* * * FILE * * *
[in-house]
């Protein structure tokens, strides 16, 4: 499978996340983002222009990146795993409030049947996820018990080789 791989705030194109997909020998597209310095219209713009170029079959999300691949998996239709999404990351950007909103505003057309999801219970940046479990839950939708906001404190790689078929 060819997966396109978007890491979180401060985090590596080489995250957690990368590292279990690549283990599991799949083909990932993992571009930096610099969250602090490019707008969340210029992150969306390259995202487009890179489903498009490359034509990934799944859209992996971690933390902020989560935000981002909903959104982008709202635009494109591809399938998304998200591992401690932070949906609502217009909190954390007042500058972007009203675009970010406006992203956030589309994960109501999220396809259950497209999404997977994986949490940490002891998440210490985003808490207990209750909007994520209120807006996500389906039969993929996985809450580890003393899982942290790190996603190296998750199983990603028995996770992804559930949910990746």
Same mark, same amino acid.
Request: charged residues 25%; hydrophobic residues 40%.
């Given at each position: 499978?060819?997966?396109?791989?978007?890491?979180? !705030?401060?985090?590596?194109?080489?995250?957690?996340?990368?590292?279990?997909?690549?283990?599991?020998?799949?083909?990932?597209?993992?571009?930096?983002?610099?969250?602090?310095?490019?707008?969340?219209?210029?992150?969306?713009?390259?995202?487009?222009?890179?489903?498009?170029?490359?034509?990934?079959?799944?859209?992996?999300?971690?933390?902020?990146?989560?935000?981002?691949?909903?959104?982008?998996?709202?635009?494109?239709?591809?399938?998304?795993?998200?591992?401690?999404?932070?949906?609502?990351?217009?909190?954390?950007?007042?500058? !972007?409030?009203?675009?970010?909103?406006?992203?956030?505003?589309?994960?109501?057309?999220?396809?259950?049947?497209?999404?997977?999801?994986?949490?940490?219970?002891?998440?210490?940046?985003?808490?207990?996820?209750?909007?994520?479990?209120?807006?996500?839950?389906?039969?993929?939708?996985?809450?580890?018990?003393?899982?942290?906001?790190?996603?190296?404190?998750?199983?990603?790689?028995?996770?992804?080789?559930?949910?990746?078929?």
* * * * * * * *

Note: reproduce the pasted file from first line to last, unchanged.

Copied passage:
[in-house]
């Protein structure tokens, strides 16, 4: 499978996340983002222009990146795993409030049947996820018990080789 791989705030194109997909020998597209310095219209713009170029079959999300691949998996239709999404990351950007909103505003057309999801219970940046479990839950939708906001404190790689078929 060819997966396109978007890491979180401060985090590596080489995250957690990368590292279990690549283990599991799949083909990932993992571009930096610099969250602090490019707008969340210029992150969306390259995202487009890179489903498009490359034509990934799944859209992996971690933390902020989560935000981002909903959104982008709202635009494109591809399938998304998200591992401690932070949906609502217009909190954390007042500058972007009203675009970010406006992203956030589309994960109501999220396809259950497209999404997977994986949490940490002891998440210490985003808490207990209750909007994520209120807006996500389906039969993929996985809450580890003393899982942290790190996603190296998750199983990603028995996770992804559930949910990746």
Same mark, same amino acid.
Request: charged residues 25%; hydrophobic residues 40%.
């Given at each position: 499978?060819?997966?396109?791989?978007?890491?979180? !705030?401060?985090?590596?194109?080489?995250?957690?996340?990368?590292?279990?997909?690549?283990?599991?020998?799949?083909?990932?597209?993992?571009?930096?983002?610099?969250?602090?310095?490019?707008?969340?219209?210029?992150?969306?713009?390259?995202?487009?222009?890179?489903?498009?170029?490359?034509?990934?079959?799944?859209?992996?999300?971690?933390?902020?990146?989560?935000?981002?691949?909903?959104?982008?998996?709202?635009?494109?239709?591809?399938?998304?795993?998200?591992?401690?999404?932070?949906?609502?990351?217009?909190?954390?950007?007042?500058? !972007?409030?009203?675009?970010?909103?406006?992203?956030?505003?589309?994960?109501?057309?999220?396809?259950?049947?497209?999404?997977?999801?994986?949490?940490?219970?002891?998440?210490?940046?985003?808490?207990?996820?209750?909007?994520?479990?209120?807006?996500?839950?389906?039969?993929?939708?996985?809450?580890?018990?003393?899982?942290?906001?790190?996603?190296?404190?998750?199983?990603?790689?028995?996770?992804?080789?559930?949910?990746?078929?």